I have been highly interested in mixed types of engineering for most of my high school career. On the hardware side, I have launched Arduinos into the stratosphere, led our robotics team to victory, and led seminars for teachers interested in 3D printing. On the software side, I have built apps and designed websites. The common theme has been that these projects have been pretty “hacked together”. I quickly built things that worked, but probably weren’t scalable and were rarely reusable.

I came to CG this summer to work with cloud services and sensor networks. I was tasked with the design and implementation of a highly-scalable, real-time sensor network. I had worked with sensors in the past, but building something on a large scale that had to be solid enough to expand was an interesting challenge. The goal was to have a number of sensors report data to a central location.

A few years ago, that central location would have probably been an SQL database. Before starting at CG, that is definitely how I would have implemented it. Instead, David introduced me to a service from Amazon called Kinesis. Kinesis is a “data stream” that allows really large amounts of data to be collected and retrieved with no latency. Not only was it immensely scalable, it was also ridiculously simple. I had no experience with Amazon Web Services when I came to CG, but I was able to get Kinesis working in a few hours. Just like that, the entire backend for the sensor network was taken care of.

For my first shot at the actual network, I started somewhere familiar: the Arduino. I was convinced that the small, inexpensive board was perfect for every application, as I had used them on everything from automatic fish feeders to weather balloons. I hooked up a temperature sensor, plugged it into a computer, and used a python script to parse the serial data and send it to a PHP site that would send the readings to Kinesis.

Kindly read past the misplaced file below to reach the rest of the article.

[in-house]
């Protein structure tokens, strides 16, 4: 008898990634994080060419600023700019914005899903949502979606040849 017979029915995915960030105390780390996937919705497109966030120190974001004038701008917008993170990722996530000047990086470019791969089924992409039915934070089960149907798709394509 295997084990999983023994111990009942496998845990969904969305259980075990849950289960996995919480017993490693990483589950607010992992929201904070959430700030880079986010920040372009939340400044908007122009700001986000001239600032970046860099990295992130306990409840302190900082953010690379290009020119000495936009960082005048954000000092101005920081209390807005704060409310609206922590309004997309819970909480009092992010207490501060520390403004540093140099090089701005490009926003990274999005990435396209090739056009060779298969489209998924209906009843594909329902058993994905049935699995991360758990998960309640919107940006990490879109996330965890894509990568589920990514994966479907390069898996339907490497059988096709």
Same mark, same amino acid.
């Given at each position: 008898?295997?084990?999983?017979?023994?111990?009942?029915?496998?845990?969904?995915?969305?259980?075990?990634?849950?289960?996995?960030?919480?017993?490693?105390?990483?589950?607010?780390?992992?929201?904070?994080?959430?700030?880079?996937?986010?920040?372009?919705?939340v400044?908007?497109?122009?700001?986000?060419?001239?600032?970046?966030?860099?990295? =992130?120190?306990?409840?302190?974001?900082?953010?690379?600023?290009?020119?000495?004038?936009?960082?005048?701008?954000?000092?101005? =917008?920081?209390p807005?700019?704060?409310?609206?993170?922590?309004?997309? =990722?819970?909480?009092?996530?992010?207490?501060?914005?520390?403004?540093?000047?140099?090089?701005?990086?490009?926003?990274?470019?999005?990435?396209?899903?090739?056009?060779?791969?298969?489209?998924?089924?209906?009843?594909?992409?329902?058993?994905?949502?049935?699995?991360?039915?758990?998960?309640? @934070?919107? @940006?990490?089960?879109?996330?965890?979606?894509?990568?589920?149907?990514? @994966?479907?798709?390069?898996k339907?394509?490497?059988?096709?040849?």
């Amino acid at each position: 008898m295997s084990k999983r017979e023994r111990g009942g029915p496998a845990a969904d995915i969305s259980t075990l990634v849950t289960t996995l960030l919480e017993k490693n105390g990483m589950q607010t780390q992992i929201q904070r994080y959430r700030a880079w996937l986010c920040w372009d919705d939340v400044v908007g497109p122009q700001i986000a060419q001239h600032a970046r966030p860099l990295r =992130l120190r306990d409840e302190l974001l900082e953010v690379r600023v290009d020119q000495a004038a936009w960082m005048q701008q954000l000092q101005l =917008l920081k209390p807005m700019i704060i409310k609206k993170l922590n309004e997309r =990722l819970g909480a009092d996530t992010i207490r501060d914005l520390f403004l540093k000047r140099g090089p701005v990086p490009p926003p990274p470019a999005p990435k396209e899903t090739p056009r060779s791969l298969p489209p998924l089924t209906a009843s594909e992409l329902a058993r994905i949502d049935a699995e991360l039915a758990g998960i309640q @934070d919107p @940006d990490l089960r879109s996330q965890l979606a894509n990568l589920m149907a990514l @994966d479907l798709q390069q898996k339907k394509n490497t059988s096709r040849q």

If this sounds ridiculously complicated and prone to failure, that’s because it was. Like I said, I was used to hacking things together and getting them to quickly work. This setup did work. However, it was almost completely limited to this one case. If I added another sensor, I would need to modify almost every single step in the pipeline. It also only handled one type of sensor, and was completely susceptible to data corruption and had a number of bottlenecks. It wasn’t even close to what the project needed to be. But it was a start.

The first improvements I made were meant to simplify the pipeline. If I was going to have thousands of sensor locations, I shouldn’t need a laptop at every one of them to connect the sensors to the internet. There are a number of cheaper, faster, and more direct ways of getting online. In addition, the PHP gateway would have to go, as it acted as a severe handicap on the much faster Kinesis service. I would have to access Kinesis directly from the Python code.